The basic scenario was that the function should start at (0,0), increase rapidly to a point [say, (10,10)], and then slowly decrease.  The x-axis could be a practical asymptote, although it didn’t really matter since this would only be looked at in finite time.

My first thought was  surge function (something of the form Axe^{-Bx}), and sure enough that works.  But I was on Homework Patrol, so I handed it off to TwoPi, and he came up with xe^{1-0.1x} and \frac{80x}{(x+6)(0.01x^2+4)}.  Walphaing these shows that both work well:

This seemed to help.  So here’s what I’m wondering — are there any other simple functions that fit the bill?  Neither function is too complicated, but it would be fun to be able to share other examples of functions that rise quickly, but then that taper off after a while.  [I think the tapering should be more gradual compared to the climb, though I believe that can be controlled with more constants.

Fox News Fail

December 12, 2009

It really wan’t my intent to post three math fails in a row — indeed, the only intent was to post something, since the last month semester six months have been rather sparce, post-wise.  But then I saw an article on the Huffington Post which they got from Media Matters (which includes a great graphic and a video) and, well, another fail it is!

Here’s the scoop:  Rasmussen Reports posted the results of a poll about climate change that included the following question and answers:

3* In order to support their own theories and beliefs about global warming, how likely is it that some scientists have falsified research data?

35% Very likely
24% Somewhat likely
21% Not very likely
5% Not at all likely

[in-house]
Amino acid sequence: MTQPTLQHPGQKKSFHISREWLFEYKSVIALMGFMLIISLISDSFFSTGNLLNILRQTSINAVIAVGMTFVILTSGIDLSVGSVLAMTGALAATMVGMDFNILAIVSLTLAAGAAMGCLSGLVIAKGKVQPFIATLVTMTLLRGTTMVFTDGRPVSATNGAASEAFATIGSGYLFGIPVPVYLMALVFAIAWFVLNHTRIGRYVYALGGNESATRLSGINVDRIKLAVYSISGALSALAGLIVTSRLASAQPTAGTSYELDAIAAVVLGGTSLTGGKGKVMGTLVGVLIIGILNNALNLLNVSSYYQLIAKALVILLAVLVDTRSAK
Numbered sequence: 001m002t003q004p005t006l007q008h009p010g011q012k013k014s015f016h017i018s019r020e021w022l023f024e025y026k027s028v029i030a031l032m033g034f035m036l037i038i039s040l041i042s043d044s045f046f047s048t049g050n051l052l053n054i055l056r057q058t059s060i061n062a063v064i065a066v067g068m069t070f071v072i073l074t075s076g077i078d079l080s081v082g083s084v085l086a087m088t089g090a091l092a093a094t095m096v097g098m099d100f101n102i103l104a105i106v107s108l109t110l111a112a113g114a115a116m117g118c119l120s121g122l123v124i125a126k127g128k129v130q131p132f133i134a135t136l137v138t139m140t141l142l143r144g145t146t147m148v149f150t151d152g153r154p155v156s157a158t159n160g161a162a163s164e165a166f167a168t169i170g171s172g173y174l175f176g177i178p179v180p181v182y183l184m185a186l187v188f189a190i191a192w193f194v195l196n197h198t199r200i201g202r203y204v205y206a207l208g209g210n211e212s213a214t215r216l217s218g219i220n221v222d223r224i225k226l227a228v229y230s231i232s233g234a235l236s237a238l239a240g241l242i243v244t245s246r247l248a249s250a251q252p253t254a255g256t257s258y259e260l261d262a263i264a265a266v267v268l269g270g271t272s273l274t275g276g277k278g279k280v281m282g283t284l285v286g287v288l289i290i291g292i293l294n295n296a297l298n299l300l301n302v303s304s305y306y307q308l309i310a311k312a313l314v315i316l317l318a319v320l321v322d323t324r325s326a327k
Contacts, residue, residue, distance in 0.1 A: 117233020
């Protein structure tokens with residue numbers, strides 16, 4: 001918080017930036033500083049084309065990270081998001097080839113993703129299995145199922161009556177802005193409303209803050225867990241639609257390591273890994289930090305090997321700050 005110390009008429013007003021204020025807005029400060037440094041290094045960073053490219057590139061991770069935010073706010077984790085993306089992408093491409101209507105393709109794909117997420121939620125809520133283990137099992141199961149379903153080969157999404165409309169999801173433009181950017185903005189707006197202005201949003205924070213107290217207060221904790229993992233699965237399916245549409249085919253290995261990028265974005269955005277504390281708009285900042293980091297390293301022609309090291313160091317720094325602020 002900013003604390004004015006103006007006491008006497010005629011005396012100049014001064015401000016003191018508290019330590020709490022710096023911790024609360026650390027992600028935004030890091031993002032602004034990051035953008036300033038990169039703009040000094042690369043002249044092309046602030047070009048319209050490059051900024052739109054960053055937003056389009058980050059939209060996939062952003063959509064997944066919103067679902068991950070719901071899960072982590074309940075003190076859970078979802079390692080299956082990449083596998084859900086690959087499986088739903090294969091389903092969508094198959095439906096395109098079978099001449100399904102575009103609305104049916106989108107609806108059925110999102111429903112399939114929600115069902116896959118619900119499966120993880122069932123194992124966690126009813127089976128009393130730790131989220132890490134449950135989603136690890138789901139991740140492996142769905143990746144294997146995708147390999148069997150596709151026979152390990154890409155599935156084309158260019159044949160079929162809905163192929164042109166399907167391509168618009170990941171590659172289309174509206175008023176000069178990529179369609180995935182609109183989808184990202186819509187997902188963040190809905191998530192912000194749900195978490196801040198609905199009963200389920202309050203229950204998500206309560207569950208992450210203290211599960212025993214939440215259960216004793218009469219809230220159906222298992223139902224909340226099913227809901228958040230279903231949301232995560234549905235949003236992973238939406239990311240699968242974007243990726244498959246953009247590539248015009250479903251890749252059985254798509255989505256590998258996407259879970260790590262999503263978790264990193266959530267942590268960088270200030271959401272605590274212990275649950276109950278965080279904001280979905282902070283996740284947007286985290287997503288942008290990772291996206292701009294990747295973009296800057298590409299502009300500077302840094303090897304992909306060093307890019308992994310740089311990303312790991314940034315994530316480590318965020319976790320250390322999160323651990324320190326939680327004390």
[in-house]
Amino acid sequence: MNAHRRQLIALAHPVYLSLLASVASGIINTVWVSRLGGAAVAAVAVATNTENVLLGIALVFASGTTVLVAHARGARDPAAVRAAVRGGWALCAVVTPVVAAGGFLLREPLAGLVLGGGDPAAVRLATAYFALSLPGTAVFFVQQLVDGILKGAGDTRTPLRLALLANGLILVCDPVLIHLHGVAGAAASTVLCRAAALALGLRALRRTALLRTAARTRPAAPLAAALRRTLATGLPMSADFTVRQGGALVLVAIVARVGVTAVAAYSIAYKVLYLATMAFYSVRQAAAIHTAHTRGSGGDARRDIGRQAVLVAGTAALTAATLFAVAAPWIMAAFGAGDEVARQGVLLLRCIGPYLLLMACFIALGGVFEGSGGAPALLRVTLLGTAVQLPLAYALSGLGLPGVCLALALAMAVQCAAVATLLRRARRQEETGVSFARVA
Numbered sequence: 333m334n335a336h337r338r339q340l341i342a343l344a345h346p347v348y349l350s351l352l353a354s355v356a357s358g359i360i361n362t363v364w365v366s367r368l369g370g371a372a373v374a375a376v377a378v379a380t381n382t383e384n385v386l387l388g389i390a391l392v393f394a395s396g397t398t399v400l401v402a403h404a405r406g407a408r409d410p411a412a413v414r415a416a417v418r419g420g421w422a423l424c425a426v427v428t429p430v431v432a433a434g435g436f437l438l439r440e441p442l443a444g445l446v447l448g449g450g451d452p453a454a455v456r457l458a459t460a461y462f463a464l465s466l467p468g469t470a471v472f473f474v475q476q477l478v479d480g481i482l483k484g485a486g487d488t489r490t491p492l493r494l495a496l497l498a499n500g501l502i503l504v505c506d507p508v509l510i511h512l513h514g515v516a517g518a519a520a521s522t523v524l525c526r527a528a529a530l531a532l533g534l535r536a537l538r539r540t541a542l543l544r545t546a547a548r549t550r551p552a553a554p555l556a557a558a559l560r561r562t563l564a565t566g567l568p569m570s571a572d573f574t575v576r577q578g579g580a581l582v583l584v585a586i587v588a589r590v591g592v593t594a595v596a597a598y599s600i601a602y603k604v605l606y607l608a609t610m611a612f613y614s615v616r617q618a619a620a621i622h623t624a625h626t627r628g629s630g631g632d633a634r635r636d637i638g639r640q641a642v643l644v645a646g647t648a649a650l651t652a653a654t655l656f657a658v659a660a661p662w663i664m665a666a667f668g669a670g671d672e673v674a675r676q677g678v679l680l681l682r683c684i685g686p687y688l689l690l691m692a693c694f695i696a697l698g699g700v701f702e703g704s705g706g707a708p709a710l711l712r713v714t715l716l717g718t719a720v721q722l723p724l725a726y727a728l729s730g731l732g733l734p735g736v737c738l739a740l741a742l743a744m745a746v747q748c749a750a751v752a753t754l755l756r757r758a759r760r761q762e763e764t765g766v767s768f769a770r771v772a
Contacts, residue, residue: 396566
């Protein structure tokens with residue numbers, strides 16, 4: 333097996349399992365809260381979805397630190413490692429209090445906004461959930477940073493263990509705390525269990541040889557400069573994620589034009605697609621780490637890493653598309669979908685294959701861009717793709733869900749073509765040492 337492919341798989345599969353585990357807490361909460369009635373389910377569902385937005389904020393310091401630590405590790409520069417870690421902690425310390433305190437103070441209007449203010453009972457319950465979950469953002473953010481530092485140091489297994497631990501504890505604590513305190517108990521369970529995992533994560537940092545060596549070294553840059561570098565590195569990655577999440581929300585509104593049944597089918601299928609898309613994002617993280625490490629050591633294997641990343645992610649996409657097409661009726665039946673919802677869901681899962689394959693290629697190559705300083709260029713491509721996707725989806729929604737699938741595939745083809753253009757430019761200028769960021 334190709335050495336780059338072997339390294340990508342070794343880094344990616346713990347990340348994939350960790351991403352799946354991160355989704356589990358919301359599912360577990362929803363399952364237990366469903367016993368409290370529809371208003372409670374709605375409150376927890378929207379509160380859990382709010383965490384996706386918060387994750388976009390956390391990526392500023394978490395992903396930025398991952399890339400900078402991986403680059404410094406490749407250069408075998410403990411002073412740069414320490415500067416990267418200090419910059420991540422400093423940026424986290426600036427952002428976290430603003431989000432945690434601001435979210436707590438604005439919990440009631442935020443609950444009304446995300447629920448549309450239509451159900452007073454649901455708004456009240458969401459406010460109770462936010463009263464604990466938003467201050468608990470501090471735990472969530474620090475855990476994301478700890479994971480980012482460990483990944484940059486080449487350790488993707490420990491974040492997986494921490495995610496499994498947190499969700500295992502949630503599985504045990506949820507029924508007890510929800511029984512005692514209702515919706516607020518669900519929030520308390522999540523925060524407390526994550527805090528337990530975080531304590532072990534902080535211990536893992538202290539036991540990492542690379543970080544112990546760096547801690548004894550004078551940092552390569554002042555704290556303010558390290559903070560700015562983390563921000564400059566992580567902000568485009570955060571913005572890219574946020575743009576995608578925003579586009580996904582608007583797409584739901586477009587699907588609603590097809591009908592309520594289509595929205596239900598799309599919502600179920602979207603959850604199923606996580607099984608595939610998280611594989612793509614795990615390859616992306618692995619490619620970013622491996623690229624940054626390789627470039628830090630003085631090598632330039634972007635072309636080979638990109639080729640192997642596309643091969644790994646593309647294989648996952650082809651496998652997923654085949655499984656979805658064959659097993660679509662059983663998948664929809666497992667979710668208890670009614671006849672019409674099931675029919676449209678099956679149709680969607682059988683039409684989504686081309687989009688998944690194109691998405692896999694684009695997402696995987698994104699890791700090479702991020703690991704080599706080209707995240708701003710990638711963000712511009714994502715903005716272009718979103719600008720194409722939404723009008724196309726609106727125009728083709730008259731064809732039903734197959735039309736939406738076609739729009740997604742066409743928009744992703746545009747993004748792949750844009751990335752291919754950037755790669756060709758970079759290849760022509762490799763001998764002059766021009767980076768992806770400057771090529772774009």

15% Not sure

If you were going to summarize this, how would you do it?  Maybe combining categories, like this:

59%  Very or somewhat likely
26%  Not very or not at all likely
15%  Not sure

But that’s a little awkward, isn’t it?  So maybe you’d change the wording to emphasize the likely and not likely, and drop the people who are sure.  that leaves:

59%  Likely
26%  Not very likely

Hmmmm.  This is accurate enough, but to make it sound better, you might add back in the “Very likely” as a parallel to “Not very likely” [OK, you probably wouldn’t do that.  But let’s pretend you would.].  That would give

59%  Likely
35% Very likely
26%  Not very likely

And that, my friends, is how Fox News you do a poll.

As a follow up, Producer Lauren Patterson claimed, “We were just talking about three interesting pieces of information from Rasmussen….We didn’t put on the screen that it added up to 100 percent.”    Yeah, sure, that makes it all OK.

Creative Exams

December 11, 2009

Finals ended today — woo hoo! [This is the earliest they’ve ever finished, and I can’t say I’m upset.] In that spirit, here’s one of the latest from Fail Blog (similar to others I’ve seen, but this appears to be more recent).

epic fail pictures
see more Epic Fails

I’m not sure if the drawings help, but they certainly don’t hurt.

Ahhh, those holiday deals!

December 10, 2009

Isn’t it great how many places are giving such big discounts?  It’s not quite two for the price of three, but still…

epic fail pictures
see more Epic Fails

And to think, it’s still good for another month!